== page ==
MWUK press comment on net migration and Scotland's population


June 14, 2016

Scotland’s population projected to grow whatever the Referendum outcome

Scotland’s population has remained above five million for over 50 years. Despite some decline during the last decades of the 20th century, it is now officially projected to grow to 5.7 million in 2039 (or by 7%).

A report issued by Migration Watch UK finds that this population growth is very likely to continue even after a vote to leave the EU.

These findings contradict claims that a further increase in net overseas migration is necessary for Scotland’s population to continue to grow.

Cross-border migration is expected to be 5,000-6,000 per year, so a further 9-10,000 would be needed from international migration.

Currently, net international migration averages around 15,000 a year, of which about half come from the EU. Many EU migrants make a positive and welcome contribution to Scotland’s economy and society. However, the Migration Watch UK study finds that nearly 70% of EU workers in Scotland are employed in low-skilled work (and thus pay very little net tax).

A post Brexit immigration policy might reduce EU migration into lower-skilled jobs, leaving Scotland with overall net migration both from overseas and other parts of the UK of more than 15,000 a year.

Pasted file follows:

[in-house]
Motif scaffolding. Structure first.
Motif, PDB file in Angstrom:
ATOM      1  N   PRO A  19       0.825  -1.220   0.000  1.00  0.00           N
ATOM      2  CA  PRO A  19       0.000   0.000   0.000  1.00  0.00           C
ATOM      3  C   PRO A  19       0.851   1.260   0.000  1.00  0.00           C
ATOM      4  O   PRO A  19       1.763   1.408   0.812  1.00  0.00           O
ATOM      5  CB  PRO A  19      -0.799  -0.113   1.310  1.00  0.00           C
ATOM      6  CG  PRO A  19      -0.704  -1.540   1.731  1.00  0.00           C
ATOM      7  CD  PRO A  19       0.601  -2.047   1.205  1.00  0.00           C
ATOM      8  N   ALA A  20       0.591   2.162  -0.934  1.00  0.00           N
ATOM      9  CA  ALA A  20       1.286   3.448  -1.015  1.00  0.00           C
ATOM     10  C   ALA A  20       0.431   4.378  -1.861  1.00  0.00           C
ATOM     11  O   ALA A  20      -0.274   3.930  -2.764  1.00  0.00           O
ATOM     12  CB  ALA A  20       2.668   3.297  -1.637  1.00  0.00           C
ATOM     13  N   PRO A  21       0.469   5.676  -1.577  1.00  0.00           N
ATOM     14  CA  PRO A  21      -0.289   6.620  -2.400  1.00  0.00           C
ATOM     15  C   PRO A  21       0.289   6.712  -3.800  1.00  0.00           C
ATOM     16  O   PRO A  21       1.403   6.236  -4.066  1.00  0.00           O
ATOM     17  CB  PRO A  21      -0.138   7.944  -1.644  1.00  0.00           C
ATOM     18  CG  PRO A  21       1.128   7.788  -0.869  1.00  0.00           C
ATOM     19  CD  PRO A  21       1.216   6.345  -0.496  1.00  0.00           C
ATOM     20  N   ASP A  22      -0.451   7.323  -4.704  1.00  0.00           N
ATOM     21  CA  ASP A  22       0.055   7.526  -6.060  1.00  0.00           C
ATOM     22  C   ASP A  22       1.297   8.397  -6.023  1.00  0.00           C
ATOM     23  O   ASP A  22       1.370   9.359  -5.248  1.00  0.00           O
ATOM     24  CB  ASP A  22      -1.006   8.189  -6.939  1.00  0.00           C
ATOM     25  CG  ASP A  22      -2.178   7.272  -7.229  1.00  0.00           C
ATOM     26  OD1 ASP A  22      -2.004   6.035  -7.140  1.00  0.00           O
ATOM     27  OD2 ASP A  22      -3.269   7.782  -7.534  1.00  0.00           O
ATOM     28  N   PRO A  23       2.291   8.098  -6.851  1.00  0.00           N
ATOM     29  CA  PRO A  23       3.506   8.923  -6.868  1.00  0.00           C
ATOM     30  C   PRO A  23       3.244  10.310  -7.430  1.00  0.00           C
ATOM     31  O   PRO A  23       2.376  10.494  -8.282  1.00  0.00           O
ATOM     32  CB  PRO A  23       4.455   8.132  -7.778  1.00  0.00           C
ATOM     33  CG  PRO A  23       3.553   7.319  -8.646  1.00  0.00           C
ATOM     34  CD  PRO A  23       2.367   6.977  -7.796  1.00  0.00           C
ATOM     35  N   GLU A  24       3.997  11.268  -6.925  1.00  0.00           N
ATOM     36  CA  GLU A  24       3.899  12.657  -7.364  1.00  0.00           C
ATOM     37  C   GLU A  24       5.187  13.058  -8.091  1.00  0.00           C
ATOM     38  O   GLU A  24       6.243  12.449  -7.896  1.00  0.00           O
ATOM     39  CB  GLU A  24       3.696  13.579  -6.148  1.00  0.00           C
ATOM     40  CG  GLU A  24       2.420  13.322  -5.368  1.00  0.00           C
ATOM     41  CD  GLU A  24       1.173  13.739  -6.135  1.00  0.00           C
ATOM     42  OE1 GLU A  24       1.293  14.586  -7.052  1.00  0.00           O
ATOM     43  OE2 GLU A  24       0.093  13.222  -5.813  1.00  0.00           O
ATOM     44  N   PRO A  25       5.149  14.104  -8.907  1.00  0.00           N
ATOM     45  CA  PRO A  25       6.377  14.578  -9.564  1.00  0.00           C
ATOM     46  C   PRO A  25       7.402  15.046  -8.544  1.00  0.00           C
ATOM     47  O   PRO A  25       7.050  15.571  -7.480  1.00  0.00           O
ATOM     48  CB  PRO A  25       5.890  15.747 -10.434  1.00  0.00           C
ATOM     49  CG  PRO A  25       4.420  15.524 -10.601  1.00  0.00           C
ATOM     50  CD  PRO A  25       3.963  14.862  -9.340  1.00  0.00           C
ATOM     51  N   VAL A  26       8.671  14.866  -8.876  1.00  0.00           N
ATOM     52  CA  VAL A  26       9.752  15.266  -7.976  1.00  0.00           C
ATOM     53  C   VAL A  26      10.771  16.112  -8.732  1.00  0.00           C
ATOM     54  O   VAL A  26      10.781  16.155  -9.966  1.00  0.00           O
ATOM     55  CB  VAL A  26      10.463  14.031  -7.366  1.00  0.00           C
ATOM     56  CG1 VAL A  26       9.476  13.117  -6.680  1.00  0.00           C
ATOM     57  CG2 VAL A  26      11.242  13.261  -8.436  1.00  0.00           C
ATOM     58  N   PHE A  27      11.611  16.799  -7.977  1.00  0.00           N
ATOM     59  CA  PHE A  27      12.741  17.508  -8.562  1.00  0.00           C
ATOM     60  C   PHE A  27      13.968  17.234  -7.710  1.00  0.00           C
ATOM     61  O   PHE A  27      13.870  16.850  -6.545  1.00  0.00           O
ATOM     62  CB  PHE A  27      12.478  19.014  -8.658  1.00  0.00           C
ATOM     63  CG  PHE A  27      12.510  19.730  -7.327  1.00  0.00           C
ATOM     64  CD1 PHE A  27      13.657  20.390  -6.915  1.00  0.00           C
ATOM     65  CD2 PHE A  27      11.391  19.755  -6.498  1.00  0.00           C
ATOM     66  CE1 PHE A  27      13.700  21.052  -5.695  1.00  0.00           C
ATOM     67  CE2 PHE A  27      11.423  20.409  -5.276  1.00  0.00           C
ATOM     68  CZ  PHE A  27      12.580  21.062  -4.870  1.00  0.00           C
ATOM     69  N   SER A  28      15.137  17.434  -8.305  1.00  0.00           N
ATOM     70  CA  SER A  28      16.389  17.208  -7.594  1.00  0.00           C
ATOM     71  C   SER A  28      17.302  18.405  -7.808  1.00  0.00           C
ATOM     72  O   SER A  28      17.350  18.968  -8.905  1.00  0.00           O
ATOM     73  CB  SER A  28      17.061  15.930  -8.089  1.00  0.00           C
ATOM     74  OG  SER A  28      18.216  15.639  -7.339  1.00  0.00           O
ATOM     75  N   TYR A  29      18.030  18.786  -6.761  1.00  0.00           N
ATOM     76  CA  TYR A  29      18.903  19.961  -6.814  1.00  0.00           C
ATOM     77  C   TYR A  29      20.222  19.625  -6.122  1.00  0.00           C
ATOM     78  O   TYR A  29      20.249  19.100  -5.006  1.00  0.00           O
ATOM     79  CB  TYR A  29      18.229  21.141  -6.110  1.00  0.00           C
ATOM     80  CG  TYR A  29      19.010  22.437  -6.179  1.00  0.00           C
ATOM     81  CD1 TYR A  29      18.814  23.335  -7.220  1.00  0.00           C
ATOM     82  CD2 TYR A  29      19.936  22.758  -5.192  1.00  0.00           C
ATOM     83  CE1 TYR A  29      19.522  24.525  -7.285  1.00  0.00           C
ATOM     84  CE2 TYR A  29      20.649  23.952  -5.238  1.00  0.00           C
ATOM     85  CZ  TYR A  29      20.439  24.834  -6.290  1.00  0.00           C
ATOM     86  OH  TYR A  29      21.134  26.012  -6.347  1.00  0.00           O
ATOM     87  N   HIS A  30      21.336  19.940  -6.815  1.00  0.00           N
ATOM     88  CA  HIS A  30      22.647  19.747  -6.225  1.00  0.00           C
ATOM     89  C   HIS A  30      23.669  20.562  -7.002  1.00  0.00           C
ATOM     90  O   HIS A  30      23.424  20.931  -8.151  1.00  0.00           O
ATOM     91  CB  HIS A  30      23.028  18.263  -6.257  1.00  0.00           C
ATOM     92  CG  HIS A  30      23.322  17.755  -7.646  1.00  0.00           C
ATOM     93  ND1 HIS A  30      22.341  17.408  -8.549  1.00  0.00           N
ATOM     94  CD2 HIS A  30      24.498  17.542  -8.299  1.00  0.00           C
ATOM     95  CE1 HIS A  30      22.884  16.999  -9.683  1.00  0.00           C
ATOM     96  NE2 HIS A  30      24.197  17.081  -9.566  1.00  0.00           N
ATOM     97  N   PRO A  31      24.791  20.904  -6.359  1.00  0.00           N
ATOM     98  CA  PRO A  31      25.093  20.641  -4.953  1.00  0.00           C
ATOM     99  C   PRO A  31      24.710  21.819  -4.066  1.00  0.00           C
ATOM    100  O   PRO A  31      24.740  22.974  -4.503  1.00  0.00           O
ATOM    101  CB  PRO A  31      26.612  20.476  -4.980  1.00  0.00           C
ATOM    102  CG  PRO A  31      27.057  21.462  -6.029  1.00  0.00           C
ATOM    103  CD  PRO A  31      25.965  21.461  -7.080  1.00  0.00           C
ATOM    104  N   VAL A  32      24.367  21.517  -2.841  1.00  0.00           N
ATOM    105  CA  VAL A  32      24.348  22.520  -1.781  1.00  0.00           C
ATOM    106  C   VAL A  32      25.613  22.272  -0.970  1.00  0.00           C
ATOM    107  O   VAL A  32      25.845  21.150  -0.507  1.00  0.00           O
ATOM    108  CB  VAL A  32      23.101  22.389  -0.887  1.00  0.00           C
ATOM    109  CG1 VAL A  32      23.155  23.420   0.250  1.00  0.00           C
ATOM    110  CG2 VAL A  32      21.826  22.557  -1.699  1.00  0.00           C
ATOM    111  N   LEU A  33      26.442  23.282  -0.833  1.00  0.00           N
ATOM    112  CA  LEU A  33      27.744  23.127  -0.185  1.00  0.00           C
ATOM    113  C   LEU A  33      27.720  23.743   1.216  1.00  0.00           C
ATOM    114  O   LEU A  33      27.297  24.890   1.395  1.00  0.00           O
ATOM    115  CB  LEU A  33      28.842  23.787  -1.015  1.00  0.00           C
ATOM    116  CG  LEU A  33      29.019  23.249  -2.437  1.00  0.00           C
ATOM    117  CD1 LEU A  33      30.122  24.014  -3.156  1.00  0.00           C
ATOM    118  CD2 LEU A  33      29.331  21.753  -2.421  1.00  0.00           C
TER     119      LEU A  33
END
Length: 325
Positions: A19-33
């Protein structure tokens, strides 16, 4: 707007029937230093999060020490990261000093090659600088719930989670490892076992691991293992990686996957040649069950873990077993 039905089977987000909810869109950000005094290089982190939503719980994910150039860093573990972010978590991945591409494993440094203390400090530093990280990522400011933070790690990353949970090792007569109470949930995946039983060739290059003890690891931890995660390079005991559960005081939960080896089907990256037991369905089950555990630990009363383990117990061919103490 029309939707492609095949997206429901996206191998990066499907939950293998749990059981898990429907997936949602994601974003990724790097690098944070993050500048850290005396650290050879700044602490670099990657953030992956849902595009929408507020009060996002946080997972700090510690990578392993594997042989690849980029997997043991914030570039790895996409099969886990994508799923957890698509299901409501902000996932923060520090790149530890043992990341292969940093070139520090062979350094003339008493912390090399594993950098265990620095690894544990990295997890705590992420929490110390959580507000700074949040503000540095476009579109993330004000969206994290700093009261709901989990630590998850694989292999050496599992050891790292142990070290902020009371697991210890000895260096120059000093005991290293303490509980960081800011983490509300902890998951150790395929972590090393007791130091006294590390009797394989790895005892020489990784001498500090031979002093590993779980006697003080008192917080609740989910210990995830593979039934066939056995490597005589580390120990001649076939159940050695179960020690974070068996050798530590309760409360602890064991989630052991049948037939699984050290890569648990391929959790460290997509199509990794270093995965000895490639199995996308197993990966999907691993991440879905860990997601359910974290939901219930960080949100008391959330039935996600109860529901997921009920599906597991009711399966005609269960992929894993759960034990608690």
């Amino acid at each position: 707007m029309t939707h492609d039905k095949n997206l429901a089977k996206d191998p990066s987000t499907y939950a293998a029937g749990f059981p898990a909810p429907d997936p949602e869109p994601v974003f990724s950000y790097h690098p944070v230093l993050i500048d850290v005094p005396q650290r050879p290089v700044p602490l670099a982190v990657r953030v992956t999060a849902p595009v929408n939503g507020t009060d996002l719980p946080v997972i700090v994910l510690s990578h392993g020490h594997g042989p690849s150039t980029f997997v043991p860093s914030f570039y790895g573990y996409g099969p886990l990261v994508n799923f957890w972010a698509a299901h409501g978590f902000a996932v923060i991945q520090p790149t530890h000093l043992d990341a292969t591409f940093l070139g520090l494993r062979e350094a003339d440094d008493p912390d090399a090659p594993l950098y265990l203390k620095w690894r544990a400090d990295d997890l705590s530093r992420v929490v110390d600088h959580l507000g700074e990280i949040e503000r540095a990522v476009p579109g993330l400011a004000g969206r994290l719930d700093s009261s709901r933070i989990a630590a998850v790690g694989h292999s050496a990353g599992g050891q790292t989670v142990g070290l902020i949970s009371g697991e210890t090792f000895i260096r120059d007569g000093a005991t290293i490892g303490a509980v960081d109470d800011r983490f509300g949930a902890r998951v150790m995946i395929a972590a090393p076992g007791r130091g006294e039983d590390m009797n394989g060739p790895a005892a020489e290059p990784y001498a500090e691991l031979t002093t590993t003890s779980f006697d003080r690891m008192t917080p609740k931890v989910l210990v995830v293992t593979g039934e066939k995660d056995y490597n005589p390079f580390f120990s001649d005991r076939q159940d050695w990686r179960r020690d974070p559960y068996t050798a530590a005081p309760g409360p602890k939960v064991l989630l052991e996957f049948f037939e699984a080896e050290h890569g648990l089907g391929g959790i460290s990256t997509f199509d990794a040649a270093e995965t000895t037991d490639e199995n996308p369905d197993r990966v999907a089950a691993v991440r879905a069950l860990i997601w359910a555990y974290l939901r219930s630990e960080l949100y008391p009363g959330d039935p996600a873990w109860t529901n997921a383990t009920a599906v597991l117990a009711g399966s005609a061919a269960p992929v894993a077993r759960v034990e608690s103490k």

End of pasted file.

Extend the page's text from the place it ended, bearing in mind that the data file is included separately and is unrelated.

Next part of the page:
National Records of Scotland (NRS) have estimated that this level of net migration would be sufficient to allow Scotland’s population to continue to increase from the current 5.3 million to 5.7 million in 2039.

Opinion Polls have consistently shown that the broad majority of Scots want to see a reduction in the level of net overseas migration to Scotland.

Commenting, Mr Alp Mehmet, Vice Chairman of Migration Watch UK said:

Poll after poll has shown that a clear majority of Scots wish to see a reduction in immigration. The good news from this study is that there is no contradiction between reducing low-skilled migration from the European Union and maintaining the steady but cautious population growth which many Scots wish to see.

To read the full briefing paper, click here.



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